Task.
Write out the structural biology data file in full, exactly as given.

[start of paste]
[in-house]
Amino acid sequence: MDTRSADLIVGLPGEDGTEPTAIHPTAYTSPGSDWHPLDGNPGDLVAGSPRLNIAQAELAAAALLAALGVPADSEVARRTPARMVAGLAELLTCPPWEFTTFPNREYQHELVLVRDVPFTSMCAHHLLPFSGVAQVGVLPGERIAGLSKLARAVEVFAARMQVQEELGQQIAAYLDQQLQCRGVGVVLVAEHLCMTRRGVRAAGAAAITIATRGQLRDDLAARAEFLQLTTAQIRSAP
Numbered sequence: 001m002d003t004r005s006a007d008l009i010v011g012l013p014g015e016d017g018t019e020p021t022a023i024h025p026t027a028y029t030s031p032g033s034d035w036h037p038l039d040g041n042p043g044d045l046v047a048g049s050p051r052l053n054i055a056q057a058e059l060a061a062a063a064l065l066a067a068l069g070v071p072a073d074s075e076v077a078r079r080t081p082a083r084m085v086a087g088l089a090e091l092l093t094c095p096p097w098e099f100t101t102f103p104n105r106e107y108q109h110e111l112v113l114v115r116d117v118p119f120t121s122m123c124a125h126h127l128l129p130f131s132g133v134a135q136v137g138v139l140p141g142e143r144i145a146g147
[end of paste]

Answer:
[in-house]
Amino acid sequence: MDTRSADLIVGLPGEDGTEPTAIHPTAYTSPGSDWHPLDGNPGDLVAGSPRLNIAQAELAAAALLAALGVPADSEVARRTPARMVAGLAELLTCPPWEFTTFPNREYQHELVLVRDVPFTSMCAHHLLPFSGVAQVGVLPGERIAGLSKLARAVEVFAARMQVQEELGQQIAAYLDQQLQCRGVGVVLVAEHLCMTRRGVRAAGAAAITIATRGQLRDDLAARAEFLQLTTAQIRSAP
Numbered sequence: 001m002d003t004r005s006a007d008l009i010v011g012l013p014g015e016d017g018t019e020p021t022a023i024h025p026t027a028y029t030s031p032g033s034d035w036h037p038l039d040g041n042p043g044d045l046v047a048g049s050p051r052l053n054i055a056q057a058e059l060a061a062a063a064l065l066a067a068l069g070v071p072a073d074s075e076v077a078r079r080t081p082a083r084m085v086a087g088l089a090e091l092l093t094c095p096p097w098e099f100t101t102f103p104n105r106e107y108q109h110e111l112v113l114v115r116d117v118p119f120t121s122m123c124a125h126h127l128l129p130f131s132g133v134a135q136v137g138v139l140p141g142e143r144i145a146g147